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Department of Geological Sciences
Please describe specifically the quantitative skills students will learn and apply in the course.
This course uses a combination of theory and modeling to learn chemistry, and I use various geochemical models as well as the students own spreadsheet model to speed up reactions to see what could or should happen. The students apply their math skills up to basic calculus to be able to understand the basics of thermodynamics and kinetics as it applies to aquatic systems. The students then use these thermodynamic principles combined with mass balance and charge balance equations to solve acid-base problems that are the backbone of all aquatic chemical reactions. These are initially done with pencil, paper and calculator in problem sets, during weekly recitation, and also in class, and at least 20% of every lecture period is devoted to setting up chemical equations and solving for the master variable (e.g. pH). This is done in real time in class, and I use the classic Socratic Method in this class to initially help the students pin down the problem and the approach, and then require the students to come to the board to work through the problem. An important element in this approach is the simplification of the problem using ‘assumptions’ to eliminate variables – and this is probably the hardest skill in the first havl of the class. Here they need to not only know the math, but they also must understand the relationship between the variables and have a feel for the initial state of the system so that they can confidently eliminate variables to be able to work the problem. As the class progresses the students code these equations into their own personal spreadsheet model that does the same basic task as the typical public-domain geochemical equilibrium models, but in this way the students learn how these models work. By the end of the class the students will be able to solve the same problems as above without simplification through assumptions by working in minimization (Newton-Raphson modified for a spreadsheet) to arrive at solution for mineral solubility and element speciation. Finally, all of the students also use the pre-packaged geochemical models to do forward and inverse modeling of the reaction paths that we initially estimated in class using pencil and paper. The entire course is built around this learning model of quantitatively solving chemical problems.
On what kinds of real-world problems will students use quantitative skills?
This course is applied chemistry, and uses fundamental chemical principles to understand and predict how groundwater chemistry evolves. Every assignment and problem set involves potential questions that will be faced by professionals in the field of hydrogeology and environmental sciences. Example problems include predicting the rate of mineral dissolution and porosity development using kinetic rate equations and mass-volume relationships, predicting the reactions that will occur when a water is contaminated, or when microbes degrade organic material, or predicting the mobility of toxic elements such as arsenic in groundwater (we discuss in detail the chemistry of arsenic in Bangladeshi groundwater, for example). The students use a combination of traditional thermodynamic equilibrium modeling to speciate the water and describe the rock-water relationship, and combine that with forward and inverse reaction path modeling using commonly used packaged models.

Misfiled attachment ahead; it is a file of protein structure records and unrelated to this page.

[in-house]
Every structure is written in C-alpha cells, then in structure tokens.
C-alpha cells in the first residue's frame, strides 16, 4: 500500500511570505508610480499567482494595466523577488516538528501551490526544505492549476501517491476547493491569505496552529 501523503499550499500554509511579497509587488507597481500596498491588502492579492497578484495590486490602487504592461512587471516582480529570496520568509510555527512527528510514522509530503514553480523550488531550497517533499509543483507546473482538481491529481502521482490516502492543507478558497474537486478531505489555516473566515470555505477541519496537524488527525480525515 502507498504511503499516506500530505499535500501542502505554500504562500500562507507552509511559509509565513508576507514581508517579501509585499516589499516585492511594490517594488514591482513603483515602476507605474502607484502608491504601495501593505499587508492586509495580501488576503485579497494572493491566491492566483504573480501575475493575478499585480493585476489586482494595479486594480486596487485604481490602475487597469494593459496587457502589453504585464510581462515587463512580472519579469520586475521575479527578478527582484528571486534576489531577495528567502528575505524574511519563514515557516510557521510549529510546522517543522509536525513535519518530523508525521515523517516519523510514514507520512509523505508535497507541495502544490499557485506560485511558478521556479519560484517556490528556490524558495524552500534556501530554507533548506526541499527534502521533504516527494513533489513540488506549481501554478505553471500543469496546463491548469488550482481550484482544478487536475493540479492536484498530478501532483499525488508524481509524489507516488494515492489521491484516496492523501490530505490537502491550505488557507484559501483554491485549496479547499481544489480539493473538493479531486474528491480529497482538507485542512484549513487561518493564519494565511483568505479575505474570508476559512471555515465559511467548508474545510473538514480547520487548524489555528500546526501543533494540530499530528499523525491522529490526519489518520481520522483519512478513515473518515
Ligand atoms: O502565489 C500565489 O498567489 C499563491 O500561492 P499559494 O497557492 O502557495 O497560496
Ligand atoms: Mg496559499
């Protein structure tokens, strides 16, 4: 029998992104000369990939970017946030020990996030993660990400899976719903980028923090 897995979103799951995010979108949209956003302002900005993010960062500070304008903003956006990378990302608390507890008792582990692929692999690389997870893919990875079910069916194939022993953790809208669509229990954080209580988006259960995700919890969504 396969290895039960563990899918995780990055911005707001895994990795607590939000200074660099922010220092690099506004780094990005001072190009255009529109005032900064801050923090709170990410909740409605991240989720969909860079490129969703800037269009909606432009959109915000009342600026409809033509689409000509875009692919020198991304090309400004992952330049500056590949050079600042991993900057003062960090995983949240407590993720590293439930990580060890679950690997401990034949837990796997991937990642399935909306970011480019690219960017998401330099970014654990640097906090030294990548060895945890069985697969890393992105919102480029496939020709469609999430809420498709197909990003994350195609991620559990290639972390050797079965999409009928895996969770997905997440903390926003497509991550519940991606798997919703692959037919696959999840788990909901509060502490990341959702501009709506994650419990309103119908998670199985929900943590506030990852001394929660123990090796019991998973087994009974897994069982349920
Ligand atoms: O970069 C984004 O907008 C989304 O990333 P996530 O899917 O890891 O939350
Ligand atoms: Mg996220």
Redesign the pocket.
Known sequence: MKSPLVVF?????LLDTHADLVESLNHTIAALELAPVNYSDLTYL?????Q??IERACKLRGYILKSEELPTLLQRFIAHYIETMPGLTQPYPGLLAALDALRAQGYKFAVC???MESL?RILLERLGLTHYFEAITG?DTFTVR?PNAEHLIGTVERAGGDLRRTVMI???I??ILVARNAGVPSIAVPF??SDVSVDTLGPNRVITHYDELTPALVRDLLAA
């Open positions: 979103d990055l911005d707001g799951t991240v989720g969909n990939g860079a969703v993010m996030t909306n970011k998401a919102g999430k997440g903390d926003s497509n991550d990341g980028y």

Describe typical assignments related to Quantitative Reasoning.
A typical recitation assignment will be to solve for all of the major carbonate species concentrations in Barton Springs given only the pH and an assumption of equilibrium with limestone. This involves several different equations, and most important, several critical assumptions to simplify the system. The students then check their answers against the geochemical model output for the same system, and evaluate where the potential errors are. The final project for the course is an in-depth evaluation of the geochemical evolution of groundwater in a specific aquifer in Texas. The students work on this project throughout the semester, and each recitation session has aspects that are applied to the project. The student’s individual spreadsheet model is used extensively in the project, as are the packaged geochemical codes PhreeqC and Geochemists Workbench. This project is not about the writing, and I have not applied for a writing flag for this course. The Chem-Hydro project is about the chemistry – the students must show that they understand how to critically and quantitatively evaluate the chemical reactions along a flowpath, present hypotheses based on the available data, and then test those hypotheses using the chemical relationships learned for the course.
Please explain how at least one-half of the course grade is based on content related to Quantitative Reasoning.
That’s all this course is. There are no writing assignments, there are no book reports or proposals or reviews. Every assignment is quantitative chemistry, or modeling, or learning the sources of data to use for the chemistry or modeling. Only 5% of the grade (class participation) is not directly tied to quantitative aquatic chemistry.
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